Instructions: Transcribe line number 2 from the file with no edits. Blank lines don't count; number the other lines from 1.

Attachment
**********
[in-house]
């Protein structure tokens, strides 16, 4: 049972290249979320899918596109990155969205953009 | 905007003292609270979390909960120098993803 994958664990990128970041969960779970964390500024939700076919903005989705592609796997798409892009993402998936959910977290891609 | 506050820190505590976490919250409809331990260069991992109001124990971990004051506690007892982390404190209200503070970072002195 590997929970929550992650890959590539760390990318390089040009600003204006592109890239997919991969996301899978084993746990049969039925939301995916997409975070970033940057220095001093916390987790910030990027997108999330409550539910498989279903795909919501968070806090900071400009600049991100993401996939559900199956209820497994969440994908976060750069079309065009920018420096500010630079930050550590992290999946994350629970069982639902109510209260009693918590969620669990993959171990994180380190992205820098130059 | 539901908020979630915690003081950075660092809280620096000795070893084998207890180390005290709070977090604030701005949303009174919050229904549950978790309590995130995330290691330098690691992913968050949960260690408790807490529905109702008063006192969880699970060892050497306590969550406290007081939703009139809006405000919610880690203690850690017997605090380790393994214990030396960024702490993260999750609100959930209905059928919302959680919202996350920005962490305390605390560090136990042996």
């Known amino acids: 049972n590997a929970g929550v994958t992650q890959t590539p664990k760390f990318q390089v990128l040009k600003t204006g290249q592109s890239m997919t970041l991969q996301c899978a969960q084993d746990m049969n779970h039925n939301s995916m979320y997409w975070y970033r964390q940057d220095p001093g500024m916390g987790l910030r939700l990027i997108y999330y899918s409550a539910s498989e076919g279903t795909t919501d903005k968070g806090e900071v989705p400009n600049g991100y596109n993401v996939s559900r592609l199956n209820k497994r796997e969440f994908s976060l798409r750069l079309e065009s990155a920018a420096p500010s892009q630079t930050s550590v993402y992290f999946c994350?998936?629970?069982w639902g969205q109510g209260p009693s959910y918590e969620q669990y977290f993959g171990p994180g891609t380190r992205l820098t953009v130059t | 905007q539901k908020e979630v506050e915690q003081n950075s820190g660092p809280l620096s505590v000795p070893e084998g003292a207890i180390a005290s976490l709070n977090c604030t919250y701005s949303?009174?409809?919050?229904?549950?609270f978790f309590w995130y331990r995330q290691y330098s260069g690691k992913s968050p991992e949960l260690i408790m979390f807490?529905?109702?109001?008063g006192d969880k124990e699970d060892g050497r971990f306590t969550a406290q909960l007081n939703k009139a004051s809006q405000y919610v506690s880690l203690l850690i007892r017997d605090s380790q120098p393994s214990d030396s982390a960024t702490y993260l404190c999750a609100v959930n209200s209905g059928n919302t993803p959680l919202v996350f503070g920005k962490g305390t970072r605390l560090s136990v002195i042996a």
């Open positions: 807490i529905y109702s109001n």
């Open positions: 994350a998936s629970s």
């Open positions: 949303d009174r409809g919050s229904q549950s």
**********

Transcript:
């Protein structure tokens, strides 16, 4: 049972290249979320899918596109990155969205953009 | 905007003292609270979390909960120098993803 994958664990990128970041969960779970964390500024939700076919903005989705592609796997798409892009993402998936959910977290891609 | 506050820190505590976490919250409809331990260069991992109001124990971990004051506690007892982390404190209200503070970072002195 590997929970929550992650890959590539760390990318390089040009600003204006592109890239997919991969996301899978084993746990049969039925939301995916997409975070970033940057220095001093916390987790910030990027997108999330409550539910498989279903795909919501968070806090900071400009600049991100993401996939559900199956209820497994969440994908976060750069079309065009920018420096500010630079930050550590992290999946994350629970069982639902109510209260009693918590969620669990993959171990994180380190992205820098130059 | 539901908020979630915690003081950075660092809280620096000795070893084998207890180390005290709070977090604030701005949303009174919050229904549950978790309590995130995330290691330098690691992913968050949960260690408790807490529905109702008063006192969880699970060892050497306590969550406290007081939703009139809006405000919610880690203690850690017997605090380790393994214990030396960024702490993260999750609100959930209905059928919302959680919202996350920005962490305390605390560090136990042996």